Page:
You can also see your present account balances or view a projected balance that tells you how much you will have left given any stated future inflows and outflows. The projected balance is calculated as today’s balance minus future bills plus future income.

The brokerage account data is the least useful function, as it shows just the current value of your holdings. A nice feature is the ability to see which holdings are dominating your portfolio in graphical and numerical form. Finally, you can view your entire net worth (brokerage, checking, savings accounts and more) at once (Figure 2). However, you cannot categorize your assets by sector or industry.

Figure 2.
Viewing Your
Net Worth
CLICK ON IMAGE TO
SEE FULL SIZE.

Updating data is simple and requires one click for all accounts. However, Quicken Essentials will not allow you to create an automatic update, so you must do this manually. Overall, as a non-Mac user I found this section fairly easy to navigate once I got used to the layout. This is not a comprehensive portfolio management tool, but gives you the same basic functionality as a free Web-based portfolio tracking tool. As an investor, I would need a better tool to really analyze and understand my portfolio’s performance.

Stay on Top of Your Bills

This section allows you to see when bills and payments are coming due. You can see upcoming bills for the next seven, 14 and 30 days. To see more details about the payment, you can click the payment title.

Since data is automatically populated from the data downloaded in step one, there isn’t anything you need to do to set up this section. The information is shown on the overview page.

Set Goals to Save Money

The final section contains the budgeting tools. Quicken offers quite a bit of flexibility in this area. The first step is to take a look at the automatically generated average spending table provided by Quicken. The table shows the categories in which you have spent money over the last three months. You can see the amount you spent last month as well as your three-month spending average for each category. By hovering your mouse over the i next to an average figure, you get a pop-up box with the individual breakdowns for each of the last three months (Figure 3).

Figure 3.
Viewing Monthly
Spending by Category
CLICK ON IMAGE TO
SEE FULL SIZE.

It’s easy to add or remove categories as well. Once you have entered your monthly spending goal for each category, you can name the budget and save it.

You can create and save numerous budgets. Each budget gets its own page with a bar chart showing the categories. As you progress through the month, the program will tell you how much you have spent versus your goal.

Figure 4.
The Spending
Cloud Report
CLICK ON IMAGE TO
SEE FULL SIZE.

Adjusting you budgets is easy as well. Just click the Settings button on the top of the final budget page. The overview page will display your budget for quick access to the information.

Reports

Quicken offers a few reports to give users a visual representation of their spending habits. The Spending Cloud report shows your budget categories in various type sizes: the larger the size, the larger the percentage of spending on that category (Figure 4). You can hover the mouse over the category name to bring up more detailed information. The Category Summary report provides a table listing the breakdown of spending by category. Finally, reports titled This Month and Last Month show all financial transactions for the specified time period.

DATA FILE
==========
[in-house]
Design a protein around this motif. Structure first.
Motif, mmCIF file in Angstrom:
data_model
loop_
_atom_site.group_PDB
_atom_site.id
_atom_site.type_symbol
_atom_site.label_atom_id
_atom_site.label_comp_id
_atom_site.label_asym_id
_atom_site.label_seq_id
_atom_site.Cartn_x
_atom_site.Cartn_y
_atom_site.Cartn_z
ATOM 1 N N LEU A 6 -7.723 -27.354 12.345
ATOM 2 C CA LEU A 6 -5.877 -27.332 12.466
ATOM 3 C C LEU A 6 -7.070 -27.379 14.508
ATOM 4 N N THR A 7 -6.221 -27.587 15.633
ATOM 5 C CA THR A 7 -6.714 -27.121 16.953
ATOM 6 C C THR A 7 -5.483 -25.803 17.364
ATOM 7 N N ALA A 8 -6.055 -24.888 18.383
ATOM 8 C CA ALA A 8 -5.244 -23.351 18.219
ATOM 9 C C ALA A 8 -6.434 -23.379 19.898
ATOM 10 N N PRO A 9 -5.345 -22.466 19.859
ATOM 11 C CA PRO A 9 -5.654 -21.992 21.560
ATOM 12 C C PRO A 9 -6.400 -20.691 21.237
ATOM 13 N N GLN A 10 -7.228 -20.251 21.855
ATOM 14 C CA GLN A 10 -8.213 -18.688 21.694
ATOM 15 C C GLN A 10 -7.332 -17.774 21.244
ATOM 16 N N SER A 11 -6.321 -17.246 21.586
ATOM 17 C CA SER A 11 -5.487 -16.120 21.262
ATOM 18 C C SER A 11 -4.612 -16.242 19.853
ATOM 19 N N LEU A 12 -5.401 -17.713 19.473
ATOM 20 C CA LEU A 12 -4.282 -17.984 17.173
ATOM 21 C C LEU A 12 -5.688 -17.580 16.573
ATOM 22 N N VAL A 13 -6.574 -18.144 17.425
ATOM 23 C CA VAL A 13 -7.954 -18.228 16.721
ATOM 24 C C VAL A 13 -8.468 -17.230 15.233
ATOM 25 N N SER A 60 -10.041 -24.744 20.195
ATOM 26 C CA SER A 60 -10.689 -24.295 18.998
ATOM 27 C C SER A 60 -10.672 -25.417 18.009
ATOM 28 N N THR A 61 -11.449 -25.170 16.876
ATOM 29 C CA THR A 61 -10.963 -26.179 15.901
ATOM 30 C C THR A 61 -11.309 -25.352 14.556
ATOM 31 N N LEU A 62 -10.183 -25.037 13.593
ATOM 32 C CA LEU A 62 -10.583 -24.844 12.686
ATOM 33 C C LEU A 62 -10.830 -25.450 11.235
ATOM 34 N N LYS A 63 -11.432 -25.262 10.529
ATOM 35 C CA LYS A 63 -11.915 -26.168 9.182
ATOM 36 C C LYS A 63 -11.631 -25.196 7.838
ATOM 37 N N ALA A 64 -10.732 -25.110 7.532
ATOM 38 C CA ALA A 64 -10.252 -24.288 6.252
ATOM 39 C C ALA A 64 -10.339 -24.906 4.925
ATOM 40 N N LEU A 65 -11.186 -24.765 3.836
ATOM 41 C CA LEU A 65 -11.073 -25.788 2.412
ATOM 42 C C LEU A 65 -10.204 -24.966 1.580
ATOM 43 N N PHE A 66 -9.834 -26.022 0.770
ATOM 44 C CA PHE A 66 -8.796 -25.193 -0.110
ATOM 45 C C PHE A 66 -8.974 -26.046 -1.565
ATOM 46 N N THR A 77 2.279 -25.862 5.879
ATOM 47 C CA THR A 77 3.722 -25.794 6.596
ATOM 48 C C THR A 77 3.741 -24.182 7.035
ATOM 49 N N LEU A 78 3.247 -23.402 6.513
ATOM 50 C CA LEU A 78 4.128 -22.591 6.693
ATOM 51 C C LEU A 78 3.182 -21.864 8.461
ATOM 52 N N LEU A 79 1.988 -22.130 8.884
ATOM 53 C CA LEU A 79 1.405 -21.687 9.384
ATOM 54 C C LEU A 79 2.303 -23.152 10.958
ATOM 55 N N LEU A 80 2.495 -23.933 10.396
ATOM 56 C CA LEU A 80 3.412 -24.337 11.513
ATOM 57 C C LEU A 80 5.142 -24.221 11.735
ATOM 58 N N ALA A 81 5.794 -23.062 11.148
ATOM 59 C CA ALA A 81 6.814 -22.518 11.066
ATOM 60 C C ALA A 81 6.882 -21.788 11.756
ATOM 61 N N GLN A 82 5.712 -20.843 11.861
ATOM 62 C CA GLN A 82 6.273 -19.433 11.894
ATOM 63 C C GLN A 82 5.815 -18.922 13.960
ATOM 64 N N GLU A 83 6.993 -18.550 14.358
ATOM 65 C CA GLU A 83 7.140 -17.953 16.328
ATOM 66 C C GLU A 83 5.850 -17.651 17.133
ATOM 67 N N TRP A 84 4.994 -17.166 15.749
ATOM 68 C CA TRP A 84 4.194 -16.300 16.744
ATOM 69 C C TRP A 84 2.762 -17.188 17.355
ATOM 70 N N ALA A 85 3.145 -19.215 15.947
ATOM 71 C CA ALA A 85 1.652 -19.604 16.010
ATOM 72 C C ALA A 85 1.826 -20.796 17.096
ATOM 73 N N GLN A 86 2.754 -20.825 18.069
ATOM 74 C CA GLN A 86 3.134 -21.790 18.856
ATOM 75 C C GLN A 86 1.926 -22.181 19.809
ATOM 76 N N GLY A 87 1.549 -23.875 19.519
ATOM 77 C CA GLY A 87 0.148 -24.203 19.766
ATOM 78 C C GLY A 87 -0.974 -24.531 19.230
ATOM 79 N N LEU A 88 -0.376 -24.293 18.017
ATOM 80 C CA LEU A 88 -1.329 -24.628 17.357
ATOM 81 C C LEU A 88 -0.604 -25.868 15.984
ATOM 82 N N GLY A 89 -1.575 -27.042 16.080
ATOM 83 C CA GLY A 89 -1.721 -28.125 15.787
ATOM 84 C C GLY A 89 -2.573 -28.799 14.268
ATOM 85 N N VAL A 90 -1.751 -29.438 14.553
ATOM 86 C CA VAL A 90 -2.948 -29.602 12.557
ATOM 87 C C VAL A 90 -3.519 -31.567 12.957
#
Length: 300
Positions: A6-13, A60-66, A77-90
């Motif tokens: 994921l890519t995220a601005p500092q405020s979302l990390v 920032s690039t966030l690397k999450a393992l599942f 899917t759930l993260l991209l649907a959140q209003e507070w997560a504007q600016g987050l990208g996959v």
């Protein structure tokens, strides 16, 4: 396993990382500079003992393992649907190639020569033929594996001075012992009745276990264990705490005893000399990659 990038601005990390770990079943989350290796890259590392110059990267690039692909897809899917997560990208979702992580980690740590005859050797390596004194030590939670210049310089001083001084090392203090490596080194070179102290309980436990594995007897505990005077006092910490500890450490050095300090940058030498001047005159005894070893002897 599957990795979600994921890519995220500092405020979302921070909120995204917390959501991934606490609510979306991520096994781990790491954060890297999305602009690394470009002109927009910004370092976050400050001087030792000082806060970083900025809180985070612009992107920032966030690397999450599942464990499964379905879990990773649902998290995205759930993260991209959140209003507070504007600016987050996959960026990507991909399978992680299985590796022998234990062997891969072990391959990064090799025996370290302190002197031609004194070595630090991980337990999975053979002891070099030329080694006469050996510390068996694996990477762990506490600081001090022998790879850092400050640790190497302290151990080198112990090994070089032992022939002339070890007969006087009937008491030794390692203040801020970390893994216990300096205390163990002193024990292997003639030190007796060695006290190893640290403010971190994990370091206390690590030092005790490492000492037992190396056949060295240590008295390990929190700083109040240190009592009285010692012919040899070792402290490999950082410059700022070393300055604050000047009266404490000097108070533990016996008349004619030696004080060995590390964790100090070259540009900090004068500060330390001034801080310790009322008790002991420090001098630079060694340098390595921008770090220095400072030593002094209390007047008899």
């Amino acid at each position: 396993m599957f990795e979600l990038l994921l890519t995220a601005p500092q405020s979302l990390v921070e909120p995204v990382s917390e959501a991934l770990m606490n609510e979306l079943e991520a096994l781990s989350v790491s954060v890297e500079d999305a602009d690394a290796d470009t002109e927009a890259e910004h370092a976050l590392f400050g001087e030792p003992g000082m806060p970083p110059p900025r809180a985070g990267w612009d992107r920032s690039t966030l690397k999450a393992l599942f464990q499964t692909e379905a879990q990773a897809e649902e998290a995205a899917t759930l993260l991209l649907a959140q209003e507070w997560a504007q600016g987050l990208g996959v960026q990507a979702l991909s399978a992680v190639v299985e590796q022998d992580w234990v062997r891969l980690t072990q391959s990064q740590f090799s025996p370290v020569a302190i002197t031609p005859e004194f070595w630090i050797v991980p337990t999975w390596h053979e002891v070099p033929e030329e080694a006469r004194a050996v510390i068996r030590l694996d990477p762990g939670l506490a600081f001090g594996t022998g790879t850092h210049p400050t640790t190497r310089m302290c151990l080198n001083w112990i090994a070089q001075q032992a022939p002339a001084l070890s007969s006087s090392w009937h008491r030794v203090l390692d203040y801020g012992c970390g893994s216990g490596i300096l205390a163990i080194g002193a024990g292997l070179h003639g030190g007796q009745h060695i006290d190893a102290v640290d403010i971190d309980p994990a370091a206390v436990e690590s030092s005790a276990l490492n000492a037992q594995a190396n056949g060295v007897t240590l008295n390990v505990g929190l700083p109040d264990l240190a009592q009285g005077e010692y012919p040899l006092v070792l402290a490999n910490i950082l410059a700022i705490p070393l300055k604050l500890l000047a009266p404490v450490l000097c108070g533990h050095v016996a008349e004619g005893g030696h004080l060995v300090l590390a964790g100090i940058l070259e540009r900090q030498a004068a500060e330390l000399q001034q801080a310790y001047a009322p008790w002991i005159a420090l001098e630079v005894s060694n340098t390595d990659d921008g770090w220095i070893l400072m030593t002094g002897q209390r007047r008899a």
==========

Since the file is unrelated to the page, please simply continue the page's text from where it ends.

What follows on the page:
Help

Quicken comes with an electronic manual (downloaded to your computer) that is helpful for first-time Quicken users. Also, the program offers an online “Live Community.” As long as you are connected to the Internet, you can access the discussion forum to ask questions or answer questions from other Quicken users (Figure 5).

Figure 5.
Getting Help Through
the Live Community
CLICK ON IMAGE TO
SEE FULL SIZE.

Conclusion

Mac users waiting for a comprehensive financial planning and investment tracking software from Quicken will need to look elsewhere. Quicken Essentials is primarily a budgeting program that also tracks the current value of your investment holdings. Unlike Quicken for Windows (and previous Mac versions) you cannot use this as a portfolio management tool. However, for Mac users interested in tracking their spending and creating budgets, this program is easy and intuitive to use.
Cara Scatizzi is associate financial analyst at AAII.

→ Cara Scatizzi


Discussion

Thanks for the review. I will stick with Quicken for Mac 2007.

posted over 3 years ago by William from Texas

Amen William. Intuit will probably use poor sales from this 'update' which has also been reviewed elsewhere as a poor performer, to explain why they do not put more resources into Mac products.
There is no reason to upgrade.

posted over 3 years ago by Dsp888 from New York

The new Quicken also will not print checks.

posted over 3 years ago by Glen from Florida

For me, this is a deal breaker: "No portfolio management or performance tools."

posted over 3 years ago by Richard from Texas

What a shame! I have been anxiously awaiting the "new" Quicken for Mac, and avoiding putting Windows from old PC on new MacBook Pro. Appears I now have no choice but to do so in order to retain current software capabilities.

posted over 3 years ago by Marilyn from Ohio